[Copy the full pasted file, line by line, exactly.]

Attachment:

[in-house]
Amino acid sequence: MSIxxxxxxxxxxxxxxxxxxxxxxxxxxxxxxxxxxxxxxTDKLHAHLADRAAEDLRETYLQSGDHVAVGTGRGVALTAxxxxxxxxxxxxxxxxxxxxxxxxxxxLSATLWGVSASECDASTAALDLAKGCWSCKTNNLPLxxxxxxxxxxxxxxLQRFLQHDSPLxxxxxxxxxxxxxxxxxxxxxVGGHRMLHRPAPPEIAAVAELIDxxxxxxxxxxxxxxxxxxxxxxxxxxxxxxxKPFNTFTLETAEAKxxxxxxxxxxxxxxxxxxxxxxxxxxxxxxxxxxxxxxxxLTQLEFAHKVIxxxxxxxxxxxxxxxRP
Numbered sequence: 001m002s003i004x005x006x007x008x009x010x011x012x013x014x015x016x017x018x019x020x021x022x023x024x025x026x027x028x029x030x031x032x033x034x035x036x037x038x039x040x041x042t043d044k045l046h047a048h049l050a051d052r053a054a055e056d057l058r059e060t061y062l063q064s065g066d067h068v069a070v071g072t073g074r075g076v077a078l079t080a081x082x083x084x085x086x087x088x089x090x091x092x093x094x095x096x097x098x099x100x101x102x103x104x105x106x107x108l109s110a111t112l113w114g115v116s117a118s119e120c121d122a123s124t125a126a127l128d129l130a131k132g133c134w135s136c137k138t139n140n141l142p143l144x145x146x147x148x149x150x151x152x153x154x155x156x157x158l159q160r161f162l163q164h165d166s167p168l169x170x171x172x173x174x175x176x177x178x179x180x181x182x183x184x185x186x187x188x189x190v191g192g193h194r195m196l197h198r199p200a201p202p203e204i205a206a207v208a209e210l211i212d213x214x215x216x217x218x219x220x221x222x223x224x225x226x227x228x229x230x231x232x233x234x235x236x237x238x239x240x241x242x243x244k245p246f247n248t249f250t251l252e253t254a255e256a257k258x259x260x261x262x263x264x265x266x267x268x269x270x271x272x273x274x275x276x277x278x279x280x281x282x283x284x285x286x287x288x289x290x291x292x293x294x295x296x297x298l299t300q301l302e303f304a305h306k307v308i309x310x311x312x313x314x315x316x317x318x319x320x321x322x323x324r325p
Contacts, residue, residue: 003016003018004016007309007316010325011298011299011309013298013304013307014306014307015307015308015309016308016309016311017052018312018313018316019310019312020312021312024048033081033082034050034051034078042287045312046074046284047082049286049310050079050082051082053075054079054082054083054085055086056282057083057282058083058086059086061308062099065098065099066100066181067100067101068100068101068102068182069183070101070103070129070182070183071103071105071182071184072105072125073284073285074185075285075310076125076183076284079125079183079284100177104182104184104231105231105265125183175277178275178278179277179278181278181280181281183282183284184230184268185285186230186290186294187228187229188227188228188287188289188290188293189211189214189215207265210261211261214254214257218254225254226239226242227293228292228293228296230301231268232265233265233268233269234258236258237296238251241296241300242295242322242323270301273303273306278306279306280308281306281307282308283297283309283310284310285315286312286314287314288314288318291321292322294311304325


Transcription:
[in-house]
Amino acid sequence: MSIxxxxxxxxxxxxxxxxxxxxxxxxxxxxxxxxxxxxxxTDKLHAHLADRAAEDLRETYLQSGDHVAVGTGRGVALTAxxxxxxxxxxxxxxxxxxxxxxxxxxxLSATLWGVSASECDASTAALDLAKGCWSCKTNNLPLxxxxxxxxxxxxxxLQRFLQHDSPLxxxxxxxxxxxxxxxxxxxxxVGGHRMLHRPAPPEIAAVAELIDxxxxxxxxxxxxxxxxxxxxxxxxxxxxxxxKPFNTFTLETAEAKxxxxxxxxxxxxxxxxxxxxxxxxxxxxxxxxxxxxxxxxLTQLEFAHKVIxxxxxxxxxxxxxxxRP
Numbered sequence: 001m002s003i004x005x006x007x008x009x010x011x012x013x014x015x016x017x018x019x020x021x022x023x024x025x026x027x028x029x030x031x032x033x034x035x036x037x038x039x040x041x042t043d044k045l046h047a048h049l050a051d052r053a054a055e056d057l058r059e060t061y062l063q064s065g066d067h068v069a070v071g072t073g074r075g076v077a078l079t080a081x082x083x084x085x086x087x088x089x090x091x092x093x094x095x096x097x098x099x100x101x102x103x104x105x106x107x108l109s110a111t112l113w114g115v116s117a118s119e120c121d122a123s124t125a126a127l128d129l130a131k132g133c134w135s136c137k138t139n140n141l142p143l144x145x146x147x148x149x150x151x152x153x154x155x156x157x158l159q160r161f162l163q164h165d166s167p168l169x170x171x172x173x174x175x176x177x178x179x180x181x182x183x184x185x186x187x188x189x190v191g192g193h194r195m196l197h198r199p200a201p202p203e204i205a206a207v208a209e210l211i212d213x214x215x216x217x218x219x220x221x222x223x224x225x226x227x228x229x230x231x232x233x234x235x236x237x238x239x240x241x242x243x244k245p246f247n248t249f250t251l252e253t254a255e256a257k258x259x260x261x262x263x264x265x266x267x268x269x270x271x272x273x274x275x276x277x278x279x280x281x282x283x284x285x286x287x288x289x290x291x292x293x294x295x296x297x298l299t300q301l302e303f304a305h306k307v308i309x310x311x312x313x314x315x316x317x318x319x320x321x322x323x324r325p
Contacts, residue, residue: 003016003018004016007309007316010325011298011299011309013298013304013307014306014307015307015308015309016308016309016311017052018312018313018316019310019312020312021312024048033081033082034050034051034078042287045312046074046284047082049286049310050079050082051082053075054079054082054083054085055086056282057083057282058083058086059086061308062099065098065099066100066181067100067101068100068101068102068182069183070101070103070129070182070183071103071105071182071184072105072125073284073285074185075285075310076125076183076284079125079183079284100177104182104184104231105231105265125183175277178275178278179277179278181278181280181281183282183284184230184268185285186230186290186294187228187229188227188228188287188289188290188293189211189214189215207265210261211261214254214257218254225254226239226242227293228292228293228296230301231268232265233265233268233269234258236258237296238251241296241300242295242322242323270301273303273306278306279306280308281306281307282308283297283309283310284310285315286312286314287314288314288318291321292322294311304325